These last few weeks whenever I watched the news I would be filled with a bit of dread. I doubt that I’m alone. We look to see a nation that reflects our values, and we are too often disappointed. The administration’s travel ban gets upheld, an upcoming vacancy on the Supreme Court forces us all to fear about what could come next, and the immigration policy of detaining children and separating families breaks our hearts and sets our teeth on edge. It is too much.
Each new story breaks our heart all over again. We ask ourselves about how all of this can be happening. At some level, we know that injustices have always happened. Some of us were able to ignore it before, and others never had that luxury. Now there are no excuses. We have to pay attention and make our voices heard.
It can be overwhelming. It is exhausting.
Then we have days like this last Saturday when people across the country show up and demand a more hopeful tomorrow. This last Saturday, June 30th, in cities across the country people joined together for the movement for immigration justice and to say “Families Belong Together.” This slogan was chanted and cheered from coast to coast. Here in DC, thousands of people turned up to rally at Lafayette Square Park to show their support. So many people turned up that a secondary rally was held at Farragut Square to hold the spillover.
I was thrilled to be there that morning with folks from The Washington Ethical Society. I only realized afterward that this rally was my first public role as the Sabbatical Clergy. The crowds were too big for all the WES folks to find each other. Which meant we never got a giant group photo, but it also meant that we got to interact with more people and hopefully continue to build connections with others.
The Families Belong Together rallies remind us that our hearts aren’t the only ones breaking. We see that thousands upon thousands of people want a more loving country. There is an energy out there that wants change and is not afraid to demand it. We at WES seek it and work towards it, and there are countless potential partners in that work. For one day, the national narrative focused on this movement and the demand for humane treatment of all people. It is hope.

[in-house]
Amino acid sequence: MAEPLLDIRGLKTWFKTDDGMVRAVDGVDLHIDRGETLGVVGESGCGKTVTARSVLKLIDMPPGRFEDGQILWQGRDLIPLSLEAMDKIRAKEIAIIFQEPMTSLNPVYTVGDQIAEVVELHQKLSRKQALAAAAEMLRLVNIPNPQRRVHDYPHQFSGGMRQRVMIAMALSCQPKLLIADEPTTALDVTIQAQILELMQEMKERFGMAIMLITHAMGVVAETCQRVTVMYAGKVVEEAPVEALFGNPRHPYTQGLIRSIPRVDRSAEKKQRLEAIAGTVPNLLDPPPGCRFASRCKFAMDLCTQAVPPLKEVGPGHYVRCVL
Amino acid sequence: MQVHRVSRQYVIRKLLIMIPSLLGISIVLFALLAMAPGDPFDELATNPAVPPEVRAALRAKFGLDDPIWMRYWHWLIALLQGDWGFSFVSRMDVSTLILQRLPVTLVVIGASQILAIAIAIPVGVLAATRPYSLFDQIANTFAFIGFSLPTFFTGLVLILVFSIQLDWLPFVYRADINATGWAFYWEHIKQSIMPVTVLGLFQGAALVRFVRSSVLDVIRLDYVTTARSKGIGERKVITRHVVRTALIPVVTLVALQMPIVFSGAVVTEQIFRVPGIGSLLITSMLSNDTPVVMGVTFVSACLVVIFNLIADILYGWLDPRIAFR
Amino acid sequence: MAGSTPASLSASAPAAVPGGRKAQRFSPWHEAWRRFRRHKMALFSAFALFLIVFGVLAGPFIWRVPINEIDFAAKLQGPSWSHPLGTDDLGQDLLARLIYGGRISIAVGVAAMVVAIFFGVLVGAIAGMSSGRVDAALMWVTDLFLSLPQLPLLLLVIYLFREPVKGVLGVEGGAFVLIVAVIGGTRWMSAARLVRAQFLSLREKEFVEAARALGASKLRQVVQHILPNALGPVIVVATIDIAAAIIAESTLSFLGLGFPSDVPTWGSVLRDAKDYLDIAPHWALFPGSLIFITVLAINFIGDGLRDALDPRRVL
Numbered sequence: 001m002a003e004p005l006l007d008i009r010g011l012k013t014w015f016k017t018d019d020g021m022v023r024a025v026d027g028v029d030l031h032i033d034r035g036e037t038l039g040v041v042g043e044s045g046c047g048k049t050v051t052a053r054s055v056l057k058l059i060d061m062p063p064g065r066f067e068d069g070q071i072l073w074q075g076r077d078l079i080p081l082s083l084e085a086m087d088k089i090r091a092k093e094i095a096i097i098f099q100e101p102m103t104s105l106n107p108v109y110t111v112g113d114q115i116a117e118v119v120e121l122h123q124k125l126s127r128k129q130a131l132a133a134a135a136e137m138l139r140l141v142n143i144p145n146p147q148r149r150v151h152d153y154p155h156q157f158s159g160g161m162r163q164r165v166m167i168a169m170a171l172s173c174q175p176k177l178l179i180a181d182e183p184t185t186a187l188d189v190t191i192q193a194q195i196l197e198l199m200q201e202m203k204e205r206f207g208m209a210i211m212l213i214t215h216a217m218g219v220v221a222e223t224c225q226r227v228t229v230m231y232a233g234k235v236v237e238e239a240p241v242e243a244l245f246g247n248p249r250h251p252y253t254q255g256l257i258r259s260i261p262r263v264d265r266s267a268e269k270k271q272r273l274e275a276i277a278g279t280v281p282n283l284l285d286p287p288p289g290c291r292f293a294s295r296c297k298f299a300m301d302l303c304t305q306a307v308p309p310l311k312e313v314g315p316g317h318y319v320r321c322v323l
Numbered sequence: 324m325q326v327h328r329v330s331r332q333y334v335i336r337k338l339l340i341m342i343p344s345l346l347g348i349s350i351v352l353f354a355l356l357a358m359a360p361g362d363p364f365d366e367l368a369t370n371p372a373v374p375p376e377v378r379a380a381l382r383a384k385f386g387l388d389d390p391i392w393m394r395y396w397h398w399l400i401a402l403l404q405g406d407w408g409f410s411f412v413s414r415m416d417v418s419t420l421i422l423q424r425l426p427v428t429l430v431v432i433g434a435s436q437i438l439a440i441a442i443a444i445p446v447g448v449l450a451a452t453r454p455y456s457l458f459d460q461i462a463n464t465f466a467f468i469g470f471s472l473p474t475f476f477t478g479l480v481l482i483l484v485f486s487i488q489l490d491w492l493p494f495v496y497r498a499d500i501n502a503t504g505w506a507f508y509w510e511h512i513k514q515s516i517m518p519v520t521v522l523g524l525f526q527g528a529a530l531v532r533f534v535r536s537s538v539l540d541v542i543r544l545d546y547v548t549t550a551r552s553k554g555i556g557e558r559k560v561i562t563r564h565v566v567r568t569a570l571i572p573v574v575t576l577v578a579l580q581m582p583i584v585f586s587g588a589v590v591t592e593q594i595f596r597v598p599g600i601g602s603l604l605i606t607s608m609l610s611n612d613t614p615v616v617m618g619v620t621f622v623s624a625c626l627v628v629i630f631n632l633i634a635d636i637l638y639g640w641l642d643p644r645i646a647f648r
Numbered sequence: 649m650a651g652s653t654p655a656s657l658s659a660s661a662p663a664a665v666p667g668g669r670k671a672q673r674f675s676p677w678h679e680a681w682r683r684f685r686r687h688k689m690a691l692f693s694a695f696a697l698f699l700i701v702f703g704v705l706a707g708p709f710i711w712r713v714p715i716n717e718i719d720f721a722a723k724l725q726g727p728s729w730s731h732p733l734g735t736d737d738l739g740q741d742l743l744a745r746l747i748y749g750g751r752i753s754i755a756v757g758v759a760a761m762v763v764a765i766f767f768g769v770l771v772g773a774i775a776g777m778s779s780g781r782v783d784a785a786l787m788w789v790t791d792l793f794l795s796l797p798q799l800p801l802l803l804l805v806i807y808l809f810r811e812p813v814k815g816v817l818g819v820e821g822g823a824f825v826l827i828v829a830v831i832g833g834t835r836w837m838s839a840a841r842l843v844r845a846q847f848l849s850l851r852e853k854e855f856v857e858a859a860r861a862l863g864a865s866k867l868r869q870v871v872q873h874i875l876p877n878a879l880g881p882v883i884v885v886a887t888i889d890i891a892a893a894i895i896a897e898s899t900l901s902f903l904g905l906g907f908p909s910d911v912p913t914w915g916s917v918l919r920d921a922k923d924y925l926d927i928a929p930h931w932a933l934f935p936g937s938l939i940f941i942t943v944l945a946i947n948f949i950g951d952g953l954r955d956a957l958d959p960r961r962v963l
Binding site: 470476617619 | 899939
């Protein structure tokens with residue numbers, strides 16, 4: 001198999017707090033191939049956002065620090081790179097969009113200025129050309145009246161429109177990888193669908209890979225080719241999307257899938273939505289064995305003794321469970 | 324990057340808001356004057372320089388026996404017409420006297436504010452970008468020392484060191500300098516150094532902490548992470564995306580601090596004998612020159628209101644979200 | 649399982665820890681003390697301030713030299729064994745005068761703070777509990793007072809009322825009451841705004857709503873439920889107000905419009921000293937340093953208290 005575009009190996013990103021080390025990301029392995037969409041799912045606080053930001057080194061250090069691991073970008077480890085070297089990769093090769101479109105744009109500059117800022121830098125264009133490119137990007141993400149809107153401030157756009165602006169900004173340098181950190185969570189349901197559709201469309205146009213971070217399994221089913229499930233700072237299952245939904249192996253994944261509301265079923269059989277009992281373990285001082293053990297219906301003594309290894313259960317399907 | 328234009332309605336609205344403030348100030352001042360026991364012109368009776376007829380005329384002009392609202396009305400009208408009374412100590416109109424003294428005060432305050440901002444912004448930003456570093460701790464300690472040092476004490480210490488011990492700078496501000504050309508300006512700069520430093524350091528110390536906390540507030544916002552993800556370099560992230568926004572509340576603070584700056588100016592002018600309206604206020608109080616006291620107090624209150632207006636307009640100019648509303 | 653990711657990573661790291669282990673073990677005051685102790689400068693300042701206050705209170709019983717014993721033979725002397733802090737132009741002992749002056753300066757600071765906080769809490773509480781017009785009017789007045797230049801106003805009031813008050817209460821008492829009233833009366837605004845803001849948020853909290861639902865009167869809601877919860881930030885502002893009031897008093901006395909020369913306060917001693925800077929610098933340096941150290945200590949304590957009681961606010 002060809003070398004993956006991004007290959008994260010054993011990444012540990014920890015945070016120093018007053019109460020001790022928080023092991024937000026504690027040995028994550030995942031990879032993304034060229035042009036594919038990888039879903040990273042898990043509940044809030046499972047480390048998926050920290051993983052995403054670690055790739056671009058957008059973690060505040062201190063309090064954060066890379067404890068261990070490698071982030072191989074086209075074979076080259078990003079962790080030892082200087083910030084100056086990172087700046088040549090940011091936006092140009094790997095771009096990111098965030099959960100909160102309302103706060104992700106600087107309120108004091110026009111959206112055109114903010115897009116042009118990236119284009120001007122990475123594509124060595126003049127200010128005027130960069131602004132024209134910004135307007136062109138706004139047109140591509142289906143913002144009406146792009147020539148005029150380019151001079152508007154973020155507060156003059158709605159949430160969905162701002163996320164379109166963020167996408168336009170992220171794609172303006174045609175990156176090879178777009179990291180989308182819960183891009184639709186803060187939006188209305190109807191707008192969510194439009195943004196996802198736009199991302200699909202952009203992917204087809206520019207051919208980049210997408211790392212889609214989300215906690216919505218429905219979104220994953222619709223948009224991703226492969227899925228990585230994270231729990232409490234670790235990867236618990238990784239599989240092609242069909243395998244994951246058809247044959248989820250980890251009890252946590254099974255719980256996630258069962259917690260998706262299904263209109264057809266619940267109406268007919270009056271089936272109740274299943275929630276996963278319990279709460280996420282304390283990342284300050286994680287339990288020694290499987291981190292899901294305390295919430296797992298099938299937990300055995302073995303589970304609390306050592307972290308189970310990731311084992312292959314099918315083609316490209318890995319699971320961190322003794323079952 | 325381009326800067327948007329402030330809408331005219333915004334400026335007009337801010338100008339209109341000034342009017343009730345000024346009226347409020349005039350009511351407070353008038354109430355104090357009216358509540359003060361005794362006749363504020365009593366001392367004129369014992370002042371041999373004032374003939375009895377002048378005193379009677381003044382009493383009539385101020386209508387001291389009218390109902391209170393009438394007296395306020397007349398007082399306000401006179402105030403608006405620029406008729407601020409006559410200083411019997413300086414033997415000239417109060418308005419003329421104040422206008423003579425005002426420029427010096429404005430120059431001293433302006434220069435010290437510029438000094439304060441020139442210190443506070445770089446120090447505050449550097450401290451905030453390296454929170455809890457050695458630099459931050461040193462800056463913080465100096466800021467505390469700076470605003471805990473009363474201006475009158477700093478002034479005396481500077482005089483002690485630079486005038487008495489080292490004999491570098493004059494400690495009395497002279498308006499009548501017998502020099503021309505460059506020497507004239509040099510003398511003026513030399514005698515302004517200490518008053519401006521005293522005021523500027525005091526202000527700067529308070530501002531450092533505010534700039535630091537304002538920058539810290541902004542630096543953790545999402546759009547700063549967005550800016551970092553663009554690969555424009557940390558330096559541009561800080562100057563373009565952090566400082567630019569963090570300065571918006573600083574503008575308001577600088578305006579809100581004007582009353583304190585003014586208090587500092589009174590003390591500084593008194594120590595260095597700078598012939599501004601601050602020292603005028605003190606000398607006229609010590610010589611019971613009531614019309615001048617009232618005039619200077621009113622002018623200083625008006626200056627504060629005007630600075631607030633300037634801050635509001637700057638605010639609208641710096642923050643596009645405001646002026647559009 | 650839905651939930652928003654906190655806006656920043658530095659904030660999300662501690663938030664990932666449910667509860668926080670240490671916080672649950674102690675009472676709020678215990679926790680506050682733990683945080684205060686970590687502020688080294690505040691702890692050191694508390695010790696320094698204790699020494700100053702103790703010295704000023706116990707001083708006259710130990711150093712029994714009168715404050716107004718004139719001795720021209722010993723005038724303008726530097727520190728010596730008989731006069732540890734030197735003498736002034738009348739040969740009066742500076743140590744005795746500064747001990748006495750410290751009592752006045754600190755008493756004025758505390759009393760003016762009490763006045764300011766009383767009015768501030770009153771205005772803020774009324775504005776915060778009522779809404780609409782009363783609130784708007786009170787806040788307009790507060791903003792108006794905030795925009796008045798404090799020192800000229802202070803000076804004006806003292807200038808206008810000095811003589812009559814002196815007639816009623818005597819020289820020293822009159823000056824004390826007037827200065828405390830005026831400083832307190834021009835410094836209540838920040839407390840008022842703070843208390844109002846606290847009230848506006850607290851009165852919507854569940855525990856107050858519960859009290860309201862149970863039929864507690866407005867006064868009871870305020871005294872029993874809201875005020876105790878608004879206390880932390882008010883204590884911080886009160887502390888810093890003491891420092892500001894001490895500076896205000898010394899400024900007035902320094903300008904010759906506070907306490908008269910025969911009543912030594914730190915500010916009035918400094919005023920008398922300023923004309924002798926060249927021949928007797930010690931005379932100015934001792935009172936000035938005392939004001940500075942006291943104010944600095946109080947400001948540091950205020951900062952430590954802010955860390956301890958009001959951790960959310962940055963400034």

I love rallies and marches. I love seeing that energy and momentum. How do we build off it?
Before Amanda left on Sabbatical, we sent out an email with a few ways to get involved in the cause for immigration justice, and I’d like to repeat those ways now.
“Sanctuary DMV – This group is working with local congregations to support immigrants in the DC area, including showing up at rallies and accompanying individuals at their ICE hearings. Contact: Ross Wells, firstname.lastname@example.org.
Support for Monika – WES is supporting Monika, a political asylum seeker who has been staying with WES members. As the date for Monika’s asylum hearing approaches, she will need folks to show up and make clear to ICE that a community is in her corner. Contact: Vanessa Austin, email@example.com.
Washington Interfaith Network – Immigration is one of the key issues areas for WIN, a collection of 40+ congregations and associations in the District of Columbia. Work here revolves around ensuring that DC provides adequate funding for legal support of immigrants, and that it maintains and strengthens its status as a Sanctuary City. Engagement looks like showing up at local and city-wide actions, and meeting with public officials and with the impacted immigrants who are leading the work. Contact: Aylin Gencturk, firstname.lastname@example.org and Arleen Vargas, email@example.com.
Immigration Film Fest – WES will be hosting the fifth Immigration Film Fest, which focuses on education and inspiration for advocacy, on Saturday, October 27. Each year, the Film Fest brings accurate information about immigration, through the artistry of mostly immigrant filmmakers, to the general public. The volunteer organizers of the Immigration Film Fest would greatly appreciate time-limited participation by members and friends of WES in various volunteer roles, during the countdown to October 27, and on that Saturday. Contact: Katherine O’Kester, firstname.lastname@example.org.”